John Topley’s Weblog

Create A Sitemap For Your Rails Application

The Sitemap protocol was introduced by Google in 2005, but is now supported by all of the major search engines. Unrelated to a traditional website sitemap navigation page, it defines an XML schema for listing the URLs within a site, including metadata such as when a URL as last updated, therefore allowing search engines to crawl the site more intelligently.

Using the Sitemap protocol does not guarantee that web pages are included in search engines, but provides hints for web crawlers to do a better job of crawling your site. It’s easy to add support for a dynamically generated Sitemap to a Rails application. This post documents how I went about it for this site, whereby blog posts are stored in instances of a Post model. Obviously you’ll likely need to adapt some of these instructions for your own application.

The first step is to set up a dedicated route and controller for the sitemap. Add the following route towards the bottom of config/routes.rb:

map.sitemap '/sitemap.xml', :controller => 'sitemap'

This routes all requests for /sitemap.xml to a controller dedicated to serving the sitemap. Next, create app/controllers/sitemap_controller.rb:

class SitemapController < ApplicationController
  layout nil
  def index
    headers['Content-Type'] = 'application/xml'
    latest = Post.last
    if stale?(:etag => latest, :last_modified => latest.updated_at.utc)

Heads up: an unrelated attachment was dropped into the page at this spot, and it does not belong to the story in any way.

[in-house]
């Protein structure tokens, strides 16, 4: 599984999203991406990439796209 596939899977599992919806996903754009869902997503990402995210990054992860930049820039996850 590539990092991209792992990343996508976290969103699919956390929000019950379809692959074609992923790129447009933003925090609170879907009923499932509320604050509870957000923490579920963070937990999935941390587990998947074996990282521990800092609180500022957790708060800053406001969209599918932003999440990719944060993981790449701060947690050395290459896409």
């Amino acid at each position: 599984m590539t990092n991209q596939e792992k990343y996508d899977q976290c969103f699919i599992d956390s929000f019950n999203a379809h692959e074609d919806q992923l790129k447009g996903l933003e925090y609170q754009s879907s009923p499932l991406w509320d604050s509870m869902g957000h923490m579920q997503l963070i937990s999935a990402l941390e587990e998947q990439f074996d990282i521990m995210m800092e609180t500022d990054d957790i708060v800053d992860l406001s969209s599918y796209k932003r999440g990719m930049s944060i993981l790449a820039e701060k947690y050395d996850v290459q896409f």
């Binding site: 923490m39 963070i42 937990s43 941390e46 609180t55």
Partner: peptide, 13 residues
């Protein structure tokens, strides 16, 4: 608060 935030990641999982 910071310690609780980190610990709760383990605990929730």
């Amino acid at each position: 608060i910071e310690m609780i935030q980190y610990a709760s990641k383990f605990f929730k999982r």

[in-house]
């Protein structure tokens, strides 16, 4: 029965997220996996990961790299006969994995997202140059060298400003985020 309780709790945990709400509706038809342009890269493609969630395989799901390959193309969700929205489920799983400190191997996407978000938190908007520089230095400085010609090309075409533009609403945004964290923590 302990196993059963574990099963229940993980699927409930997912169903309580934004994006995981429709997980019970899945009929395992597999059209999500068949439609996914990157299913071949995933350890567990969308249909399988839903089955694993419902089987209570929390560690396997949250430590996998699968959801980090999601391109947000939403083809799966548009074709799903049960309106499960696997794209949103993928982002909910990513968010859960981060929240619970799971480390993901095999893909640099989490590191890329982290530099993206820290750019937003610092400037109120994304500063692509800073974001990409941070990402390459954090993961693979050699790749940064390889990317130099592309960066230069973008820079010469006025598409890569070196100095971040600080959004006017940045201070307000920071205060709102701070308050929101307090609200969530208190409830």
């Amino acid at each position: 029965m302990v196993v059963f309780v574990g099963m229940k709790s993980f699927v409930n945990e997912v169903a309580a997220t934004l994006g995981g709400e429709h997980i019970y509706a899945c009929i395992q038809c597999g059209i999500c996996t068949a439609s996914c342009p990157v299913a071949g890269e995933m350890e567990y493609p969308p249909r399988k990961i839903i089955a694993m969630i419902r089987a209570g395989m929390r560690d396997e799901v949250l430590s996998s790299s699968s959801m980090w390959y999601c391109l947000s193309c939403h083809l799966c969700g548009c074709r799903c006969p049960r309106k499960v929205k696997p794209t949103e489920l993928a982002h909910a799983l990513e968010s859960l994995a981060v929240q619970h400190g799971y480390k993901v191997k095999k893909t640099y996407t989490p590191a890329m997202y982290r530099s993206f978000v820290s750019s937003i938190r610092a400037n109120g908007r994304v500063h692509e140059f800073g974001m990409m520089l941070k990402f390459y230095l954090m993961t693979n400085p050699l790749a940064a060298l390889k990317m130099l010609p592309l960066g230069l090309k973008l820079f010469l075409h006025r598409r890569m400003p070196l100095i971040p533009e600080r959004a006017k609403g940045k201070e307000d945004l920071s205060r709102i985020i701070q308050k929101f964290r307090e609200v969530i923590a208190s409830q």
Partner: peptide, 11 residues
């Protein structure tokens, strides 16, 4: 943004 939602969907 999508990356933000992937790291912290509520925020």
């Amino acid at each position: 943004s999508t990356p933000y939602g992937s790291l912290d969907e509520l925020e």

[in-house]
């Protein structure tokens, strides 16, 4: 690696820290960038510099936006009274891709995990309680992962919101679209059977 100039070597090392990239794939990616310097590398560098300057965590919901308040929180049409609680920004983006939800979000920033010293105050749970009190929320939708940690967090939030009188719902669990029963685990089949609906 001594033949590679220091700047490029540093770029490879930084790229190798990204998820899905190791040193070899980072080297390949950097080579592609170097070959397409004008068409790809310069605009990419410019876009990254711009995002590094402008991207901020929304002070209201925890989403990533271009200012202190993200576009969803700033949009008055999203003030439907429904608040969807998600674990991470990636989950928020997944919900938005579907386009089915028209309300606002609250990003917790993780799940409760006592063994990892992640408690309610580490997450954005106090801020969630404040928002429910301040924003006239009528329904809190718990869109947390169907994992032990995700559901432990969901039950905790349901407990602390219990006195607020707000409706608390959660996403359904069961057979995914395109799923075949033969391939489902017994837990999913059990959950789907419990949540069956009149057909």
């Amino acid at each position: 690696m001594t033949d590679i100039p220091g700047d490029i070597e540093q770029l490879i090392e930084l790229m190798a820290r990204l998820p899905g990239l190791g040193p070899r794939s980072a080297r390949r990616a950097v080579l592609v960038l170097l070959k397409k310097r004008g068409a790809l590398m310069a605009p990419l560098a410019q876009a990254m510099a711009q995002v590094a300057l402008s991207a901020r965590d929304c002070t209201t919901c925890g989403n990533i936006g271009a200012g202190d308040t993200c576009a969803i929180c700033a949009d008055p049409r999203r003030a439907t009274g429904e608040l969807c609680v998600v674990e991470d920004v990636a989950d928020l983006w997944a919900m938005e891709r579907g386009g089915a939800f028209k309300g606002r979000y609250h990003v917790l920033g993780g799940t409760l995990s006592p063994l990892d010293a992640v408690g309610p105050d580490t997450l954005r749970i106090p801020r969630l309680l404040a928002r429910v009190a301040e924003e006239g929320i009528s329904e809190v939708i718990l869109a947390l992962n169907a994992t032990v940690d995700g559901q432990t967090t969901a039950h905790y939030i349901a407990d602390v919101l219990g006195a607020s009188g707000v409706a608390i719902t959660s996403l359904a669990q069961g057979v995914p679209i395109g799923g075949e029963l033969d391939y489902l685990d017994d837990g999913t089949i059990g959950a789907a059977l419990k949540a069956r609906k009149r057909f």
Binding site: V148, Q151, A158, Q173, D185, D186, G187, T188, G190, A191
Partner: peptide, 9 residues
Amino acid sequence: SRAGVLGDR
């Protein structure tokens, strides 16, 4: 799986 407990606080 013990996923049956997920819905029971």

respond_to do |format|
        format.xml { @posts = Post.sitemap.published }

The index action gets the latest Post model instance and then checks the HTTP request for staleness using ActionController’s stale? method, which does so by checking the HTTP ETag and Last-Modified headers. This ensures that the Sitemap is only served to the client if it contains fresh content, otherwise an HTTP 304 Not Modified status is returned. The @posts instance variable is set to the result of executing the chained sitemap and published named scopes within the Post model. This is how those named scopes are defined in app/models/post.rb:

class Post < ActiveRecord::Base
  named_scope :published, :conditions => { :published => true }
  named_scope :sitemap, :select => 'slug, created_at, updated_at',
              :limit => 49999 # +1 for About page to make 50,000

The sitemap named scope only selects the slug, created_at and updated_at columns because they’re all that’s required within the generated XML. I also limit it to 49,999 results because as you’ll see shortly the view template includes a hard-coded reference to my site’s static About page. The Sitemap protocol specifies that each Sitemap file contain no much than 50,000 URLs, hence the limit. I’ll worry about how to handle more than 50,000 posts in the extremely unlikely event that I write that many!

The final piece of the puzzle is the view template. Although originally using Builder for view generation, I switched to using Haml (HTML Abstraction Markup Language) because it’s simpler and faster. Haml is based on the idea of removing all duplication from markup and of using meaningful indentation to describe structure. This is what the app/views/sitemap/index.xml.haml file looks like:

- base_url = "http://#{request.host_with_port}"
!!! XML
%urlset{:xmlns => ""}
  - for post in @posts
      %loc #{base_url}#{post.permalink}
      %changefreq monthly
      %priority 0.5
  -# About page
    %loc #{base_url}/about
    %lastmod 2009-08-28
    %changefreq monthly
    %priority 0.5

This small quantity of Haml generates a Sitemap XML file that looks like the extract below. Job done!

<?xml version='1.0' encoding='utf-8' ?>
<urlset xmlns=''>  


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It’s easy to add support for a dynamically generated Sitemap to a Rails application.


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